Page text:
As an example, one can use the same parameters applied in the previous section, λ0 =3 mm (fmax =100 GHz), tw =0.5, rw =0.5, ra =0.03, and no =1.4. From these values, one finds b=-2tw (ra rw)1/2 =-0.12 and hmin =0.04 mm or 40 microns. This is thin enough to classify as an oil sheen. Oil sheens are of great interest in the intermediate and latter stages of a large oil spill after significant spreading and weathering have occurred. Oil sheens are also of great interest in small spills or leaks that often occur in older ships anchored in harbors or at docks.
Because of limitations on observation time, it is impractical to obtain the continuous brightness temperature curve of an oil film across any significant fraction of the millimeter-wave region (defined as 30 to 300 GHz). Therefore, the system of the invention measures the radiation at discrete frequencies separated by some frequency interval Δω. By Nyquist's famous sampling theorem, the thickest oil film hN that can be measured without ambiguity (i.e., without aliasing) is the one whose TB curve displays one-half cycle over Δω. The so-called Nyquist thickness hN thus satisfies cos2no ΔωhN /c=-1, which leads to: ##EQU9## As an example, with nO =1.5 and Δf=1 GHz, we find hN =5 cm. The maximum oil-film thickness anticipated in practice is about 1.5 cm, so that a 1 GHz interval will easily prevent ambiguity in the measurement.
To more completely understand the ambiguity problem faced by radiometers prior to the present invention, we assume that TB is measured at only one frequency fm. Since TB is known for all possible thicknesses at f=0 by the phenomenology discussed above, the effective frequency interval in this case is fm. This yields a Nyquist thickness of c/4no fm. For example, a radiometer operating at 40 GHz provides an hN of only 1.25 mm. Any film having thickness greater than or equal to hN will be measured with great ambiguity.
Ideally, the brightness temperature curve should be sampled at roughly 1-GHz frequency intervals from zero up to a frequency as high as practical. From the example given above, an fmax of 100 GHz yields a thickness resolution of approximately 0.5 mm. In practice, it is very difficult to obtain complete radiometric data in the band covering 0 to 100 GHz because of atmospheric absorption, particularly the H2 O line near 22 GHz and the O2 line near 60 GHz. Other limiting factors are the complexity and expense of the instrumentation required to cover such a wide frequency range. To alleviate these difficulties, the preferred embodiment of the invention is operated in the two spectral subbands from 26 to 40 GHz and from 75 to 100 GHz. Combined with the knowledge of TB by default at f=0, the information in the two spectral subbands can be used to determine the unknown brightness temperature in the frequency gaps between 0 and 26 GHz and between 40 and 75 GHz by interpolation. The methods of linear-prediction theory, such as least-square fitting to polynomials, are well suited for this interpolation because TB will be sampled at many frequencies in each subband. This will make it possible to interpolate using a polynomial, or some other functional series containing many terms. As a general rule, the accuracy of the interpolation increases with the number of terms in the series.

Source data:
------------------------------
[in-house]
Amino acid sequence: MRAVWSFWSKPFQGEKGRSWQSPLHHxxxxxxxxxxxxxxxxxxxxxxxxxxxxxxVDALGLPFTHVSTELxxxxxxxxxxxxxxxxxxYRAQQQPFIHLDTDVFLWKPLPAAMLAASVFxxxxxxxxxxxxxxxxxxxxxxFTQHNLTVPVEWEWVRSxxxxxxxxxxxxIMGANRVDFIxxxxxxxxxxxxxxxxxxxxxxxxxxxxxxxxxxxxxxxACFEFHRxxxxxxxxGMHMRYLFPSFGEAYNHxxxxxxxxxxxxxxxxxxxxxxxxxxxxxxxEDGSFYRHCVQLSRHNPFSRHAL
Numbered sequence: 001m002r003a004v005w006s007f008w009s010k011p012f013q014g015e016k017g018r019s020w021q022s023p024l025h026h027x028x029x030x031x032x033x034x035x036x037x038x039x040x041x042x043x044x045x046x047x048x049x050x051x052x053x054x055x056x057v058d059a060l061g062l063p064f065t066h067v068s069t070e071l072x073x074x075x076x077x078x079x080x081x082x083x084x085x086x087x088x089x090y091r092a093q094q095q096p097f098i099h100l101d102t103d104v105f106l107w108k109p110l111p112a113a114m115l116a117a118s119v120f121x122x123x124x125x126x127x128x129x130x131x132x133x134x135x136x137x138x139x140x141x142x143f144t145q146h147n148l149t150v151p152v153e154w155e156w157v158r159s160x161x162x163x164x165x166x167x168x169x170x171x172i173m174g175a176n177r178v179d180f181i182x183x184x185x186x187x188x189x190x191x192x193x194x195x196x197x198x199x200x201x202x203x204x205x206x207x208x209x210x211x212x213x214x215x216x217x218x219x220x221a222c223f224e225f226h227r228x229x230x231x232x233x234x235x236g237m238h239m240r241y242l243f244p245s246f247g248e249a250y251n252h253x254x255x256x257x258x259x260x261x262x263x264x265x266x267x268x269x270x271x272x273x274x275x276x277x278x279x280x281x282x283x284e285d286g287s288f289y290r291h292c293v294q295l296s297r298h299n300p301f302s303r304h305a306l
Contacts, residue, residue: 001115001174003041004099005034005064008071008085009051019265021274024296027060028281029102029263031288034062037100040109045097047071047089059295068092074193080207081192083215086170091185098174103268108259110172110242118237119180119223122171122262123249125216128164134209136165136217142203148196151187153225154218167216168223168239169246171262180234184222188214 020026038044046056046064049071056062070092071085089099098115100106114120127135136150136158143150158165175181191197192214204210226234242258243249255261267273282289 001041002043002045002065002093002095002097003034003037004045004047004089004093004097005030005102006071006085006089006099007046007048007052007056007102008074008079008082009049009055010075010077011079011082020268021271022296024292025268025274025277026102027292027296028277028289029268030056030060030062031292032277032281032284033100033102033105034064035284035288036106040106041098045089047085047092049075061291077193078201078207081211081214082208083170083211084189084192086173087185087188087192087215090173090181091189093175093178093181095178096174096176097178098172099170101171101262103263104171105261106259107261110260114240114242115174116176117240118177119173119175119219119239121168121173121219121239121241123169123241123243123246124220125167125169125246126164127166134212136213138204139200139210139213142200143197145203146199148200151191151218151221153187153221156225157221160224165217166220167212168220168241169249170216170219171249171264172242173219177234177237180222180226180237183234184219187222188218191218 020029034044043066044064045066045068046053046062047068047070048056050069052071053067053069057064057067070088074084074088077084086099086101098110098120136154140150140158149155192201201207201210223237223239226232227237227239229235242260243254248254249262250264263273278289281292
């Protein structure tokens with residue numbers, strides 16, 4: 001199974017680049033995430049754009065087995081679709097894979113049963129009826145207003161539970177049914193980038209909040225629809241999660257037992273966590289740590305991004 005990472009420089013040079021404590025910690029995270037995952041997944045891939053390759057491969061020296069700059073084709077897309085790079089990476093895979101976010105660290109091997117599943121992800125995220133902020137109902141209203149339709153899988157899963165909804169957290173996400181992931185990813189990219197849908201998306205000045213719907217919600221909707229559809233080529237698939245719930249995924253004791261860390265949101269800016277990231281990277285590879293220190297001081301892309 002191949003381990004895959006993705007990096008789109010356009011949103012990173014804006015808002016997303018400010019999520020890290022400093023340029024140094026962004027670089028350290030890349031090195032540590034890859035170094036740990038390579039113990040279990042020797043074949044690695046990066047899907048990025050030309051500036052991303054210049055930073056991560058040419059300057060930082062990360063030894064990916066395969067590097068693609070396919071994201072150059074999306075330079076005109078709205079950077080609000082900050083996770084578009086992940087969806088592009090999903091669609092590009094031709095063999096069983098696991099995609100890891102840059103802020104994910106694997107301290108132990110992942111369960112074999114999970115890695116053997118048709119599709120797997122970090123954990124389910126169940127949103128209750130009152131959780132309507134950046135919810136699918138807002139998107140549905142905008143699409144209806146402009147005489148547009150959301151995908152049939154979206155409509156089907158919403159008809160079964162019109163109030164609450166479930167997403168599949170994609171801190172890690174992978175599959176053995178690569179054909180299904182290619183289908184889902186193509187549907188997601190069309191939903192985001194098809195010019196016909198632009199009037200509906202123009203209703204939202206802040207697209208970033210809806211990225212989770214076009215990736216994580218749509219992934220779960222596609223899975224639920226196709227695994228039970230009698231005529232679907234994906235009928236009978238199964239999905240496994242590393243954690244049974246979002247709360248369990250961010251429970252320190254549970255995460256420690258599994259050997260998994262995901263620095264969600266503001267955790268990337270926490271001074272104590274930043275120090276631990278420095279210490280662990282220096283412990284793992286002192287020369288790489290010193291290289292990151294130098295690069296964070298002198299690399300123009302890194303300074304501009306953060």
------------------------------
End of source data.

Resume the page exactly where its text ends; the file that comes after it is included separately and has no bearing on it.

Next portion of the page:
Linear-prediction methods are well suited to digital computers. They generally involve heavy application of techniques in linear algebra, such as matrix manipulation and determinant calculation. These techniques are readily and quickly carried out on digital computers using any higher-level language that supports multi-dimensional arrays. It is advantageous for the present invention that such computers have recently advanced to the point that linear prediction methods can be carried out very quickly. For example, microcomputers based on the RISC architecture can now carry out linear algebraic calculations at the rate of approximately 10 million floating-point operations per second. This level of computation speed would allow the signal processing associated with the present invention to be carried out in real-time or, at worst, pseudo real-time.
Historically, radiometry in the millimeter-wave region has been conducted primarily by the coherent, or heterodyne detection technique in a relatively narrow spectral bandwidth equal to roughly 2% of the center frequency. The present invention also uses heterodyne detection, but over a very broad frequency range of 30 to 40% of the center frequency, The critical function in the heterodyne technique is the down-conversion of radiation of interest to a much lower frequency where signal processing can be readily performed. The down-conversion process occurs by mixing the incident radiation with the coherent radiation from a local oscillator (LO) to generate a signal at the difference frequency (DF). In the present invention, down-conversion is required for only one (the upper) of the two possible sidebands.
FIG. 3 is a schematic of a preferred embodiment of a Ultra-Wideband Radiometer (UWBR) of the invention, which operates over two wide spectral subbands of 26-40 GHz (Subband A) and 75-100 GHz (Subband B). The input beam from a body of water covered with oil is separated into the subbands by diplexer 12, which may comprise an inductive-mesh high-pass filter with a cut-on frequency at about 60 GHz.
The mesh filter is mounted at 45° with respect to the input beam. Focusing optics 14a and 14b, placed between the mesh and receiver feedhorns 16a, 16b, allow the antenna patterns of the two subband receivers to be made nearly equal. This is important because the validity of interpolating in the frequency gap between 40 and 75 GHz demands that the TB curves for the two subbands correspond to the same area on the oil film being observed.